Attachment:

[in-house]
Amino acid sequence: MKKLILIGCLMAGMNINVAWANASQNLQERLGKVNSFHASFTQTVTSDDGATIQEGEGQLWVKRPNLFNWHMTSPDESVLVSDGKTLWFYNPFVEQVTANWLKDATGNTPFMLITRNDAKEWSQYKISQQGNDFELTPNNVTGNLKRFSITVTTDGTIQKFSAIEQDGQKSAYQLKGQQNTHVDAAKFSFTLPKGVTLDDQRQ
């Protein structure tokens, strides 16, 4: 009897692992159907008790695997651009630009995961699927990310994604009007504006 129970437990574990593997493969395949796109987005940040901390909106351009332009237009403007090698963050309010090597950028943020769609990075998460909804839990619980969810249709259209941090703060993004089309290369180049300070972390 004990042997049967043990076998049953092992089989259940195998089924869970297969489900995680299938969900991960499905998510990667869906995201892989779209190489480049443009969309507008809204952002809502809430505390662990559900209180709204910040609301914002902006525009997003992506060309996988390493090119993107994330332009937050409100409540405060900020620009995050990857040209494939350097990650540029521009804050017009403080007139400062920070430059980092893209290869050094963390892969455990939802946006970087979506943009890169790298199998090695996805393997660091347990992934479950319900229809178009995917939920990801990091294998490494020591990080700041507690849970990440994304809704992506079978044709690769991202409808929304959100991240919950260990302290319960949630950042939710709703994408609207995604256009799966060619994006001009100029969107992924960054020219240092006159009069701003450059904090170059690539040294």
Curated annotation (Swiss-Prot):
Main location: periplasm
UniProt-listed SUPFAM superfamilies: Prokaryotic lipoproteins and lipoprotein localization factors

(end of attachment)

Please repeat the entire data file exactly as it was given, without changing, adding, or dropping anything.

[in-house]
Amino acid sequence: MKKLILIGCLMAGMNINVAWANASQNLQERLGKVNSFHASFTQTVTSDDGATIQEGEGQLWVKRPNLFNWHMTSPDESVLVSDGKTLWFYNPFVEQVTANWLKDATGNTPFMLITRNDAKEWSQYKISQQGNDFELTPNNVTGNLKRFSITVTTDGTIQKFSAIEQDGQKSAYQLKGQQNTHVDAAKFSFTLPKGVTLDDQRQ
């Protein structure tokens, strides 16, 4: 009897692992159907008790695997651009630009995961699927990310994604009007504006 129970437990574990593997493969395949796109987005940040901390909106351009332009237009403007090698963050309010090597950028943020769609990075998460909804839990619980969810249709259209941090703060993004089309290369180049300070972390 004990042997049967043990076998049953092992089989259940195998089924869970297969489900995680299938969900991960499905998510990667869906995201892989779209190489480049443009969309507008809204952002809502809430505390662990559900209180709204910040609301914002902006525009997003992506060309996988390493090119993107994330332009937050409100409540405060900020620009995050990857040209494939350097990650540029521009804050017009403080007139400062920070430059980092893209290869050094963390892969455990939802946006970087979506943009890169790298199998090695996805393997660091347990992934479950319900229809178009995917939920990801990091294998490494020591990080700041507690849970990440994304809704992506079978044709690769991202409808929304959100991240919950260990302290319960949630950042939710709703994408609207995604256009799966060619994006001009100029969107992924960054020219240092006159009069701003450059904090170059690539040294």
Curated annotation (Swiss-Prot):
Main location: periplasm
UniProt-listed SUPFAM superfamilies: Prokaryotic lipoproteins and lipoprotein localization factors